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At Wednesday’s July Open Meeting, the FCC approved a Report and Order (“Order”) to modify the regulatory framework and allocation plan for the 2496 – 2690 MHz (“2.5 GHz”) band—at 194 megahertz, the largest band of contiguous spectrum below 3 GHz. The objective of the Order is to make more mid-band spectrum available for commercial use and facilitate the development of 5G services—a key spectrum policy priority for this FCC and the Trump Administration. The Order will allocate unused spectrum in the band and remove educational use requirements to free it up for non-educational commercial entities.

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On Friday, May 31, 2019, the FCC released a much-anticipated notice of proposed rulemaking (“NPRM”) to consider the adoption of an overall budget cap on the Universal Service Fund (“USF”), separate from any individual budgets for each of the four USF programs. The NPRM is in response to years-long advocacy on the part of Commissioner O’Rielly to impose budgets on USF spending, and it comes over dissent of the two Democratic Commissioners. While Commissioner O’Rielly justified the proposal as responsible stewardship of public money and said it would not limit funding in the near future, Commissioners Rosenworcel and Starks criticized the proposal as undermining the goals of Universal Service and, at worst, creating a “universal service hunger games” among the support programs.

The release of the NPRM was our first look at the specifics of a proposal that broke a month ago. The NPRM does not propose a specific budget, primarily raises questions about how to proceed, and does not contain any proposed rules. Nevertheless, opponents of the proposal have been most vocal since word of the NPRM came out, and we expect those USF stakeholders to continue in opposition to the approach. Meanwhile, proposals to reform USF contributions remain stalled (and lacking any consensus), while the contribution factor hovers around 20% of assessable revenues.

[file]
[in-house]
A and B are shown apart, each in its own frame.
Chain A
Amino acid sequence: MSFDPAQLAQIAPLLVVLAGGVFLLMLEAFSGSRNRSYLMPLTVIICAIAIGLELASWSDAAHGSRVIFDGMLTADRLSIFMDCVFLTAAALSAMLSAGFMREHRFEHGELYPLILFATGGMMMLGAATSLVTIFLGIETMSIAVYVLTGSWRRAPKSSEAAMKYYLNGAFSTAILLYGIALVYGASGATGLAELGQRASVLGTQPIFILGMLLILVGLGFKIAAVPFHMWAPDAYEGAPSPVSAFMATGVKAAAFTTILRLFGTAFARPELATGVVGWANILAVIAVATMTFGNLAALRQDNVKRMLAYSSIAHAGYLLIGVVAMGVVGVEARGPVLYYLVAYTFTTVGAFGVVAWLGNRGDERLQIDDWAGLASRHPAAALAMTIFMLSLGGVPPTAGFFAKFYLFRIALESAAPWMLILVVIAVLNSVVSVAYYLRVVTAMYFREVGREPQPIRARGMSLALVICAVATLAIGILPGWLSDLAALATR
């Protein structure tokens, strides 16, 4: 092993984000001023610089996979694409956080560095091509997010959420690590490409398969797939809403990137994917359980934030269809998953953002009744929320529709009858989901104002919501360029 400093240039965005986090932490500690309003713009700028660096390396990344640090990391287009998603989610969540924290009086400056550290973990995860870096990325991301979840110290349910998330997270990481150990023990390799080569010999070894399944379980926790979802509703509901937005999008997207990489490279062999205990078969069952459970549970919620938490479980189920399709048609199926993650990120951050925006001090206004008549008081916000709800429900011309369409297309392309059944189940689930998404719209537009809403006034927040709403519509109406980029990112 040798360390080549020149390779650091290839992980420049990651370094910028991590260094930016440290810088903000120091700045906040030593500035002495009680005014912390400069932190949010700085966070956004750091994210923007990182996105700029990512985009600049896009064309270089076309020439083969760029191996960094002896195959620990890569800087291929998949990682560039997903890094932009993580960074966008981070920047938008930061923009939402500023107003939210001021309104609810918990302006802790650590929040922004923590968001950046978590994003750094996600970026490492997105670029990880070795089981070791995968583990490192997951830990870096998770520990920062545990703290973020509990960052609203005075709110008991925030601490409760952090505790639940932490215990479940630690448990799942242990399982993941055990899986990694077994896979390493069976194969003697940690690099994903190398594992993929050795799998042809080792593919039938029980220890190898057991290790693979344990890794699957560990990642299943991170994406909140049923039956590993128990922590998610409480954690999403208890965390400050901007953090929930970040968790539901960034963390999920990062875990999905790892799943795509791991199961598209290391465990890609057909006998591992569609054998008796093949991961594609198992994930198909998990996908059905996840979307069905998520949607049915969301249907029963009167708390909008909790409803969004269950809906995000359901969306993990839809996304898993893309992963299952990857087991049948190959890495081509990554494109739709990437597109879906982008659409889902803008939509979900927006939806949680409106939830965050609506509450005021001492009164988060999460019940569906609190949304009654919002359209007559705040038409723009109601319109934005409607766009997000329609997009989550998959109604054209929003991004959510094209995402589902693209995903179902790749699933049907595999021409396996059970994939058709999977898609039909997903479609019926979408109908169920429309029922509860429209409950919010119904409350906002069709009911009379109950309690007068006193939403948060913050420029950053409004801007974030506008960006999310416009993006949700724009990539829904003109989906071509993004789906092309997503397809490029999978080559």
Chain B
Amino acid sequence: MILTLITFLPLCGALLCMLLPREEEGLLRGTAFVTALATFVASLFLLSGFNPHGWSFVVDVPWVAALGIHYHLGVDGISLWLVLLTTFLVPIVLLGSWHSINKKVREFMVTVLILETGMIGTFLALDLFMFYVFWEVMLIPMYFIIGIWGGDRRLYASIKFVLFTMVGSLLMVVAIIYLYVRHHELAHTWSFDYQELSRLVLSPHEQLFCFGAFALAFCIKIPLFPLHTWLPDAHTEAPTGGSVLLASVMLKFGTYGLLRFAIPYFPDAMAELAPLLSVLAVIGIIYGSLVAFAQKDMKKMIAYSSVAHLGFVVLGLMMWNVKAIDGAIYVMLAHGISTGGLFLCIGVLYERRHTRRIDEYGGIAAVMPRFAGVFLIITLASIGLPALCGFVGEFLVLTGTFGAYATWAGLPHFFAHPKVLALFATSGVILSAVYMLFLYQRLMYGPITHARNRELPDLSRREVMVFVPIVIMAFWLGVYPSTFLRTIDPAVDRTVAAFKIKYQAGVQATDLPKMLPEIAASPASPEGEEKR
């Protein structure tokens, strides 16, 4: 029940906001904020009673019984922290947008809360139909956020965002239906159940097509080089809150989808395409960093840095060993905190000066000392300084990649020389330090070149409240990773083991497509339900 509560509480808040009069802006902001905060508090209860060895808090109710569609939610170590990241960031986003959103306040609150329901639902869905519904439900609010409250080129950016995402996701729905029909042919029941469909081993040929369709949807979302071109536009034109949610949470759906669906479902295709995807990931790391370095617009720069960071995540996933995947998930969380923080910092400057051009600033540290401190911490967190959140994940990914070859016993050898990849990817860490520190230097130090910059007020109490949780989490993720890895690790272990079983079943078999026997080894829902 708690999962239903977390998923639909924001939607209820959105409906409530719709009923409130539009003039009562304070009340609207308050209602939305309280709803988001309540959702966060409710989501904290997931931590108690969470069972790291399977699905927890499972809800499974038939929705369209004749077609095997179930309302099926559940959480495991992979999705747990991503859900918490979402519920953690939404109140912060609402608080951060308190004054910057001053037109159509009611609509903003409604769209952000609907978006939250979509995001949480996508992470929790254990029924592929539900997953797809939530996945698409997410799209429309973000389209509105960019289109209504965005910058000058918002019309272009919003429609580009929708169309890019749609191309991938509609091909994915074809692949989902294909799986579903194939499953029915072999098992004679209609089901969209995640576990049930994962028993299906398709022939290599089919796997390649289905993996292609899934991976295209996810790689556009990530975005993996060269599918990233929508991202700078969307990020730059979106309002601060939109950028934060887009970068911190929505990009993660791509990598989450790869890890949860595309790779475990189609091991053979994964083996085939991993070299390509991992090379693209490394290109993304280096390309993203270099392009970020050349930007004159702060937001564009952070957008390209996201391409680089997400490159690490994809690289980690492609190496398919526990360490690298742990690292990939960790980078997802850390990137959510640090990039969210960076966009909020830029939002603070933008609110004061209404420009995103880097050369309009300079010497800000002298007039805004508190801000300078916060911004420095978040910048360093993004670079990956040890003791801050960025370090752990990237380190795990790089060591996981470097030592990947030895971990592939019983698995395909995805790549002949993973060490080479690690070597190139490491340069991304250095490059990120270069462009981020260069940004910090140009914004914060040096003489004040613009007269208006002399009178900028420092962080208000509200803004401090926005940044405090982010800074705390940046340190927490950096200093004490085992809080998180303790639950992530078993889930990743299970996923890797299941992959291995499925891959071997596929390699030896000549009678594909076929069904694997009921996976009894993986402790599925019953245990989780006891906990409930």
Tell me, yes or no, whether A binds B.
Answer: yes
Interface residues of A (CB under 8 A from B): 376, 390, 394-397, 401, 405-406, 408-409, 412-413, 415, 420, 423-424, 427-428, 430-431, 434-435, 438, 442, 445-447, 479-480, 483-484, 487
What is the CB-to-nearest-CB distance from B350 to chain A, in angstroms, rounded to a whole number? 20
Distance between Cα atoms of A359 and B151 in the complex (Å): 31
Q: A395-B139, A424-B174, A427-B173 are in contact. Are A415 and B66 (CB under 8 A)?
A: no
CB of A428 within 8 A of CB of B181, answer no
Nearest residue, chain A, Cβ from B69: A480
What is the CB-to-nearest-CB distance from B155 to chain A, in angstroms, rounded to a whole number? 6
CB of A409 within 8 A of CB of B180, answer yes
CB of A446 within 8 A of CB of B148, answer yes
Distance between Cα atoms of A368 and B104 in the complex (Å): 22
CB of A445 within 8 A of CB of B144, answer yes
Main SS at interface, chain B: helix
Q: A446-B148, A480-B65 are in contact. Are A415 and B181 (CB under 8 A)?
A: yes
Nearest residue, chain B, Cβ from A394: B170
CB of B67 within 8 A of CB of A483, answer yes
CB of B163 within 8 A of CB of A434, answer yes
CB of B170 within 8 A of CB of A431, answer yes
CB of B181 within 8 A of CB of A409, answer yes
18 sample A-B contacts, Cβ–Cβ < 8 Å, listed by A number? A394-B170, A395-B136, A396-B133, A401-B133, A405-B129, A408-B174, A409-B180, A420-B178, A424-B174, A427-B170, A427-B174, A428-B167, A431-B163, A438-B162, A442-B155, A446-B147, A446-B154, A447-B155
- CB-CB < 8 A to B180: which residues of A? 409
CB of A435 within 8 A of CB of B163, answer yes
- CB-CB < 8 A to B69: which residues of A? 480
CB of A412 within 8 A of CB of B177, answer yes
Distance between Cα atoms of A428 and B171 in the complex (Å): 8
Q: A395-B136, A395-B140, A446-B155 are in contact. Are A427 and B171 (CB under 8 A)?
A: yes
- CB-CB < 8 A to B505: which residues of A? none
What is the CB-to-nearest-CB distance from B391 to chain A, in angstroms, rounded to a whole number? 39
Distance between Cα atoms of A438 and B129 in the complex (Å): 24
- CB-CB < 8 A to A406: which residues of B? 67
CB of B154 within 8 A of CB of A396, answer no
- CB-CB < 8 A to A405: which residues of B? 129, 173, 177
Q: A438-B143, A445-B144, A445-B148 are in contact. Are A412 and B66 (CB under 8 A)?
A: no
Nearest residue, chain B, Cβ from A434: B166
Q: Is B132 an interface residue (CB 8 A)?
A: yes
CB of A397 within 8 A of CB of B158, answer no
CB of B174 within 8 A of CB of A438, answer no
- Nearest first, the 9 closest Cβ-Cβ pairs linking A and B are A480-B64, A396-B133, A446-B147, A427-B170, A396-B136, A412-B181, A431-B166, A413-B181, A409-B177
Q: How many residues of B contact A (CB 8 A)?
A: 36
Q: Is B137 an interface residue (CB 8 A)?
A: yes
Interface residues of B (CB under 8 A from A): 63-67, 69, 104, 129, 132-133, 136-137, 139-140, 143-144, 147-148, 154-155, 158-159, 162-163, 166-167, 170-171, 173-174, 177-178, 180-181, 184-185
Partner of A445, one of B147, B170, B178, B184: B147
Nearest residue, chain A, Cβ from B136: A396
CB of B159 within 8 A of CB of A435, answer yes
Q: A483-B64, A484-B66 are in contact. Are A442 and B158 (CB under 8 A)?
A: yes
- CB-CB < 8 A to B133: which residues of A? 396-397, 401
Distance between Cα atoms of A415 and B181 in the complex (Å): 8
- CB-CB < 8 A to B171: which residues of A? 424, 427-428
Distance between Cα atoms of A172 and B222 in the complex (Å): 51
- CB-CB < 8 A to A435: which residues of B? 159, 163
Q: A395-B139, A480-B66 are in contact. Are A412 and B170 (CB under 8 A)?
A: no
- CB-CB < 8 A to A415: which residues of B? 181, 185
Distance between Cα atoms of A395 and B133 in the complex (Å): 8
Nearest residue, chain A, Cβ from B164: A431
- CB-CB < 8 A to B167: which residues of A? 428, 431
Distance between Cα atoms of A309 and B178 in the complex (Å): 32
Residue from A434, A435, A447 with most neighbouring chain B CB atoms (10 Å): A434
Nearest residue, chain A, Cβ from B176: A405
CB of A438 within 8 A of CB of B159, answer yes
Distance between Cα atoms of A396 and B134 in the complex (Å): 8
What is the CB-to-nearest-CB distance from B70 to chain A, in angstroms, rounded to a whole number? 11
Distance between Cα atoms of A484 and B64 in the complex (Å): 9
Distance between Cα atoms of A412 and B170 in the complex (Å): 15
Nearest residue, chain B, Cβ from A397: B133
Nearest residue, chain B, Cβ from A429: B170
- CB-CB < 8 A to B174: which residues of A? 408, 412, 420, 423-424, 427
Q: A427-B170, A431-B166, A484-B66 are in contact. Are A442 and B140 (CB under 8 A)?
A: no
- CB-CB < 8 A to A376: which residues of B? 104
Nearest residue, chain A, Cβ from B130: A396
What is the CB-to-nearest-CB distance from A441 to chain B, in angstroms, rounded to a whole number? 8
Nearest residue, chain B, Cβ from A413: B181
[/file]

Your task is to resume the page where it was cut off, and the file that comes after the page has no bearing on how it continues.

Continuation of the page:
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At its May 2019 Open Meeting, the FCC approved a Public Notice (“Notice”) that sets the stage for the auction of certain toll free numbers with the dialing code 833—the first time an auction mechanism will be used to distribute any numbering resources. The FCC intends to auction over 17,000 numbers set aside during the opening of the 833-prefix because more than one entity expressed an interest in the number. In 2018, the FCC approved the use of competitive bidding to allocate these numbers. With this Public Notice, the FCC sets proposed ground rules for the auction. Comments on the auction pre-bidding procedures proposed in the Notice are due by June 3, 2019 and reply comments by June 10, 2019.

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At its April Open Meeting, the FCC approved a Fifth Report and Order (“R&O”) in the Spectrum Frontiers Proceeding that adopted sharing rules in two settings. The new rules will allow the federal government to deploy, in limited circumstances, additional station sites in spectrum to be auctioned for flexible mobile and fixed use in the 37.6-38.6 GHz frequency range (the “Upper 37 GHz Band”). The rules also will allow fixed satellite service (“FSS”) operators to individually license earth stations in the 50.4-51.4 GHz band (the “50 GHz Band”) while the FCC considers whether spectrum in the 50 GHz Band should also be auctioned for flexible mobile and fixed use. By acting now on these matters, the Commission intends to help provide Upper Microwave Flexible Use Service (“UMFUS”) providers with certainty regarding their potential future use of the spectrum before the auctions commence.